Index vs. search function

Does my book need an index? That is a question writers should always ask. Will a search function do the job instead? The short answer – no.

Indexes create a map to the information in a book. The index will inform the reader where to find a given topic. The index will inform a possible buyer – be it a bookstore, library, or retail customer – whether this book contains the information desired. An index needs to be well-crafted, detailed, and accurate to provide those benefits. A human brain, not a computer search, is the tool for creating an index.

Some examples:

  • If the topic is dogs, a professional indexer will include references to pages where Labrador Retrievers or Poodles are mentioned. A search for the word “dog” may never find those pages.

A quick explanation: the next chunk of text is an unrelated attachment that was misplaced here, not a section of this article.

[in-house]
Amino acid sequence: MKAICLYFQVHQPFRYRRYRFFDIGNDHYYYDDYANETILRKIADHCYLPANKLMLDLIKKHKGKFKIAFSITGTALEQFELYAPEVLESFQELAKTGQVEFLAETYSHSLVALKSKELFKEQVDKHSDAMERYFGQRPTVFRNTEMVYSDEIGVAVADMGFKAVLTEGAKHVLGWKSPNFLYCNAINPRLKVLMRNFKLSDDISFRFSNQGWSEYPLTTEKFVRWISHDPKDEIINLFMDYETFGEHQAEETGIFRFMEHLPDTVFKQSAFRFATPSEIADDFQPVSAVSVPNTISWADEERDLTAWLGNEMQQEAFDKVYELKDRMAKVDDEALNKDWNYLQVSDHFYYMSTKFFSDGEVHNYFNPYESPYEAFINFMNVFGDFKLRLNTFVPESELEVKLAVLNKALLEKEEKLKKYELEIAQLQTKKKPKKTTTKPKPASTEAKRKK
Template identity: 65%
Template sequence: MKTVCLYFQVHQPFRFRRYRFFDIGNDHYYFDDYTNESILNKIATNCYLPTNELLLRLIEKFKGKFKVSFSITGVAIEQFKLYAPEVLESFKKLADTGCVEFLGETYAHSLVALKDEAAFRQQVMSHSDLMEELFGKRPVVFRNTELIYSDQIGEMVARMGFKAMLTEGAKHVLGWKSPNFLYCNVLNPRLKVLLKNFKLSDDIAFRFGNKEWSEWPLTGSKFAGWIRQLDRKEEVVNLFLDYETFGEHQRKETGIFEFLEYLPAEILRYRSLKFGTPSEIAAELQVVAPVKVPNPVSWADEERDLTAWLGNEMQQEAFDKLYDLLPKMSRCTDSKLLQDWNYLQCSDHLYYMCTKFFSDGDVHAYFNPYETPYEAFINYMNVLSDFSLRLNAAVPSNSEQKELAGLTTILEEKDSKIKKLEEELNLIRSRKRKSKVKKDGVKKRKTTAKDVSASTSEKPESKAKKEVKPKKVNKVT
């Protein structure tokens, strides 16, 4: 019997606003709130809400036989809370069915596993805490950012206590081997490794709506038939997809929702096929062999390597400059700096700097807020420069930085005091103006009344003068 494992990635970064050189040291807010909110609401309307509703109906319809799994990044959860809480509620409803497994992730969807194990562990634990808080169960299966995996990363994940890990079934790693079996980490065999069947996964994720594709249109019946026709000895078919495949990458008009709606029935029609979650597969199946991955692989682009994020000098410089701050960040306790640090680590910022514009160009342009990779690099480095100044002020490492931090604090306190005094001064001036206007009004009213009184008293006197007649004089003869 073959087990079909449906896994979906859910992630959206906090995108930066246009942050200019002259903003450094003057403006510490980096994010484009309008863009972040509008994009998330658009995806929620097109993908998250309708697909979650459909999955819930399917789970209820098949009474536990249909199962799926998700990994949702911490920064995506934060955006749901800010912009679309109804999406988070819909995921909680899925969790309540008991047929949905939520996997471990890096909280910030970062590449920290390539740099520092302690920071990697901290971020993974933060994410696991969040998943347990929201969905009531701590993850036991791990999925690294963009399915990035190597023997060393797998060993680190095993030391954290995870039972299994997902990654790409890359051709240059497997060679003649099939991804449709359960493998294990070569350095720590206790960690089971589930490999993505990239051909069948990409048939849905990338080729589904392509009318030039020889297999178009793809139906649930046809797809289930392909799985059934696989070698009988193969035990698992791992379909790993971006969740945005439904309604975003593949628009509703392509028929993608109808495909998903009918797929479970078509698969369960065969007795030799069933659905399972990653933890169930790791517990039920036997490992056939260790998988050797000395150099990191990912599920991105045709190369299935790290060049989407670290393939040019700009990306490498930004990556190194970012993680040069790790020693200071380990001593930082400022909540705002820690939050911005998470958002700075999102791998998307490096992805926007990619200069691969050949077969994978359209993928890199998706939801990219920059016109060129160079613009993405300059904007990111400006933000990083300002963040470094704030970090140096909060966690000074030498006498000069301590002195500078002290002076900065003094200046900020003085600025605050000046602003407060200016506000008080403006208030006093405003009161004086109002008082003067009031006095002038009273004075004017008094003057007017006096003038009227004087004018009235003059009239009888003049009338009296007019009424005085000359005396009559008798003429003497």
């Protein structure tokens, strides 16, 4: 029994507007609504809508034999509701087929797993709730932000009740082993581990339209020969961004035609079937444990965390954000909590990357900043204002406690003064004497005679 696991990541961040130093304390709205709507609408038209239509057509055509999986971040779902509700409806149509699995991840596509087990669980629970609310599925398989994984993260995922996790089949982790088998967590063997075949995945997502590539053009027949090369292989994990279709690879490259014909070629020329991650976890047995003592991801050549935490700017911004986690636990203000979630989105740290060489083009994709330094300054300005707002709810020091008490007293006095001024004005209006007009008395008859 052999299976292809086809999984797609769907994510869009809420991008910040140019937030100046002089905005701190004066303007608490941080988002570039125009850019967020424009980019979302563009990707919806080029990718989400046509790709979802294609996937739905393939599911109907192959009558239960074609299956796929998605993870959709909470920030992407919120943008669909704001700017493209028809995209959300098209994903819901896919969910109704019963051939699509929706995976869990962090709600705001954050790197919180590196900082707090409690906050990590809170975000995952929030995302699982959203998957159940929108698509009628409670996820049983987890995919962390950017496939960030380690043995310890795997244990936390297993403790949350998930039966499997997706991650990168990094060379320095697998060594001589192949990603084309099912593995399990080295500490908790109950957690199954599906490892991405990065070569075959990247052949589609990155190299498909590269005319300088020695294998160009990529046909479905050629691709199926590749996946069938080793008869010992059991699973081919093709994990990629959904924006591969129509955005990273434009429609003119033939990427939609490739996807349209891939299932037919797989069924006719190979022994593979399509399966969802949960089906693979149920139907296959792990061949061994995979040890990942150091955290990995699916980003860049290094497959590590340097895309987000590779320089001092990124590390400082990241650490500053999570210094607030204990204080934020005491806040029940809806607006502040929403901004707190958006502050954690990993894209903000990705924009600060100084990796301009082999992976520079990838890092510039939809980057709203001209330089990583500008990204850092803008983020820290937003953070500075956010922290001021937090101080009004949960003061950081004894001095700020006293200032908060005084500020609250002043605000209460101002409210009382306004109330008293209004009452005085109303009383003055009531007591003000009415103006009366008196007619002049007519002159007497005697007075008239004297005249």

• If the topic is gender disparity, a professional indexer will include references to pages where wage gaps, male vs. female collegiate admission rates, or boy and girl toys are discussed. Nowhere on those pages are the words “gender disparity” found, however, that is the overarching topic discussed.
  • If the topic is humor, words like laugh, sarcasm, or comedy may be used in the text. An indexer would know to include those under humor, but a search for “humor” will not find those mentions.

Your book deserves a top-notch index. Your human brain did the research and wrote the words for your readers. Let an indexer’s human brain create a map to that information with a quality index.

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